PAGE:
Movie Review - The Danish Girl

The Danish Girl (2015)
Starring Eddie Redmayne, Alicia Vikander, Amber Heard, Ben Whishaw, and Matthias Schoenaerts
Directed by Tom Hooper

Talk about Oscar bait -- every single solitary thing about The Danish Girl just screams "GIVE ME AN OSCAR IN ANY AND EVERY IMAGINABLE CATEGORY!"  From the cinematography's soft lighting to the musical score's dramatics to the direction that is sometimes laughably mannered to a leading actor who seems to be trying so desperately hard to "inhabit" a role, all aspects of The Danish Girl seem to have been made with the hope of claiming film's most coveted prize.  Needless to say, director Tom Hooper's film is so utterly disappointing and bland in nearly every aspect -- save one -- that I hope the Oscar voters don't take the obvious bait.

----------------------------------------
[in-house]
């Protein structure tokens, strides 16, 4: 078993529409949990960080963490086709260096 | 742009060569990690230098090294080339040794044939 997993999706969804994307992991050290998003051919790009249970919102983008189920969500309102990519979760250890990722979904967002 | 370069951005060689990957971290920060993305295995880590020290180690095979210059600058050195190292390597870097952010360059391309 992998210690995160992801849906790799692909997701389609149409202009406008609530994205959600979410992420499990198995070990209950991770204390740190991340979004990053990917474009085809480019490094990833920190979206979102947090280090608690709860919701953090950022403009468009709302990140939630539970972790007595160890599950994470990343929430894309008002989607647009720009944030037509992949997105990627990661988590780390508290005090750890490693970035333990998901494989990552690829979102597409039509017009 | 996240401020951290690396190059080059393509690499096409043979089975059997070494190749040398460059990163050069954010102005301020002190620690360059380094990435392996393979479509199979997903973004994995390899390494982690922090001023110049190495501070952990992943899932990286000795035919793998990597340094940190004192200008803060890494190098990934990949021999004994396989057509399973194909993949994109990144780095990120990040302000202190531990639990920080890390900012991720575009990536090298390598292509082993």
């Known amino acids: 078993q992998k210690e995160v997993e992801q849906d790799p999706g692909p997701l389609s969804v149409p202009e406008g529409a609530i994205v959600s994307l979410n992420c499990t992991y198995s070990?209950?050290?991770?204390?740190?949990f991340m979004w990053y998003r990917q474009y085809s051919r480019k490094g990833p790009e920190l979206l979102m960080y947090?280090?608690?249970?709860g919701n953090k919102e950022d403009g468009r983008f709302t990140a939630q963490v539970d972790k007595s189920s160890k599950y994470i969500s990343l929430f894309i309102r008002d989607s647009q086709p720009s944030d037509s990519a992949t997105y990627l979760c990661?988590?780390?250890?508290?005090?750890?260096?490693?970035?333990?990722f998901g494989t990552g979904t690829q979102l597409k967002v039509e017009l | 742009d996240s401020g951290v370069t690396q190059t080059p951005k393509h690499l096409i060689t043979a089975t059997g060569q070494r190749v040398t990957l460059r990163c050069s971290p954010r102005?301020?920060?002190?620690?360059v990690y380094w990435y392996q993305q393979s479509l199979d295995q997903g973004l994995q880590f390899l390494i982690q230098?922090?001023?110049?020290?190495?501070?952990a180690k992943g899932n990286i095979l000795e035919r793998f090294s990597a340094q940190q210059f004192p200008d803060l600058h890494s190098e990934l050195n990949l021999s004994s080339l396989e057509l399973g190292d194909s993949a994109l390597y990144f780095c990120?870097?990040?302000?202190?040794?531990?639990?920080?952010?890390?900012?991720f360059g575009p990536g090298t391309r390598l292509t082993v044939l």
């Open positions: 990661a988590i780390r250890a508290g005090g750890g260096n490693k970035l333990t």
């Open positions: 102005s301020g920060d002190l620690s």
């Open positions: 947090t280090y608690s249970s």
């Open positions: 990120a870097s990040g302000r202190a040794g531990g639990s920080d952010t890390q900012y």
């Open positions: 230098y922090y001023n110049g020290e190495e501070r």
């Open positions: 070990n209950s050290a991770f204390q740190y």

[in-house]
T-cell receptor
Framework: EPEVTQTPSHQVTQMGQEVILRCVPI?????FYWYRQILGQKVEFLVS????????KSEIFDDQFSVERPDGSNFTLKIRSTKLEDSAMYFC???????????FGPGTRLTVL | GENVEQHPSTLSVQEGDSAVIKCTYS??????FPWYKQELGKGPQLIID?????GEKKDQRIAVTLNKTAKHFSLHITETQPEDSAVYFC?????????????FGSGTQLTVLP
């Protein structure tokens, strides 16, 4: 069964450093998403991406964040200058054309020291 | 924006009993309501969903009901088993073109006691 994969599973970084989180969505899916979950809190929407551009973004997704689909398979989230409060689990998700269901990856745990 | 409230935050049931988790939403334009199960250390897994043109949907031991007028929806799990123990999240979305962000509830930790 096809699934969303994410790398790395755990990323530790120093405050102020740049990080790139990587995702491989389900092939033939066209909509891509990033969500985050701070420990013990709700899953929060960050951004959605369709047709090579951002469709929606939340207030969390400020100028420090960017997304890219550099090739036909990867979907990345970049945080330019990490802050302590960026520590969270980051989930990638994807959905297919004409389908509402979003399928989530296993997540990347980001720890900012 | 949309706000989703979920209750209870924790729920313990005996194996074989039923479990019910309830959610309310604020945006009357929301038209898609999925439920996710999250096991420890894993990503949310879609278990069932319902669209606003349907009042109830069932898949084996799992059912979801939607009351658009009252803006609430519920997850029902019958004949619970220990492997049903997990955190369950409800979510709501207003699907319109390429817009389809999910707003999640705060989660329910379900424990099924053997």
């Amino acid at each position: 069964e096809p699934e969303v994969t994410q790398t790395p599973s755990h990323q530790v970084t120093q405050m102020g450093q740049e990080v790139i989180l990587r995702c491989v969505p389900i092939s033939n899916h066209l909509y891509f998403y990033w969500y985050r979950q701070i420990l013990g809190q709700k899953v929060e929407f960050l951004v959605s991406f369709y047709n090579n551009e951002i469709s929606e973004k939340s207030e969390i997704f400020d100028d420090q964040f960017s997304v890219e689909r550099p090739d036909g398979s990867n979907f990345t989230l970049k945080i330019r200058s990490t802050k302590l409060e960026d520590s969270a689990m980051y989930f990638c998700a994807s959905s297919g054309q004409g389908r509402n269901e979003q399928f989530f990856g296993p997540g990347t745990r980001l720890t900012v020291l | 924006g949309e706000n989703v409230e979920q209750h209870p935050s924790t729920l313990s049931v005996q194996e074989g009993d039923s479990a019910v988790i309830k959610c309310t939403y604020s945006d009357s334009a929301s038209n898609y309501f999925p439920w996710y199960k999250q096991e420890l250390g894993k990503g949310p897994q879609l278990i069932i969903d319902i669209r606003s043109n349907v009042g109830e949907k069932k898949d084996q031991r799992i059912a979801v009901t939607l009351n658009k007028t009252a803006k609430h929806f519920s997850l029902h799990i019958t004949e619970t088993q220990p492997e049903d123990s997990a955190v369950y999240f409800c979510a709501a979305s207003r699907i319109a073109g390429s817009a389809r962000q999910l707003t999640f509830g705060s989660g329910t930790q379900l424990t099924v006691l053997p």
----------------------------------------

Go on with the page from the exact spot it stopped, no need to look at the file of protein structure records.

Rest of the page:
Based on a true story, The Danish Girl tells the tale of Dutch artist Einar Wegener (Eddie Redmayne) who was born and lived life as a man, but feels that he is truly meant to be a woman.  Back in the 1920s, terms like "transgender" weren't known and Wegener certainly didn't know what was "wrong" with him in terms of his inability to truly feel his natural self.  His wife Gerda (Alicia Vikander), who is also an artist, has seemingly always known of Einar's proclivities to femininity and she embraces it, thinking that it will make their relationship better also presumably completely unaware of Einar's true feelings.  One evening, Gerda convinces Einar to attend an art gathering dressed as a woman whom they name Lili and Einar's world is turned upside down as he realizes that being a woman is who he truly longs to be.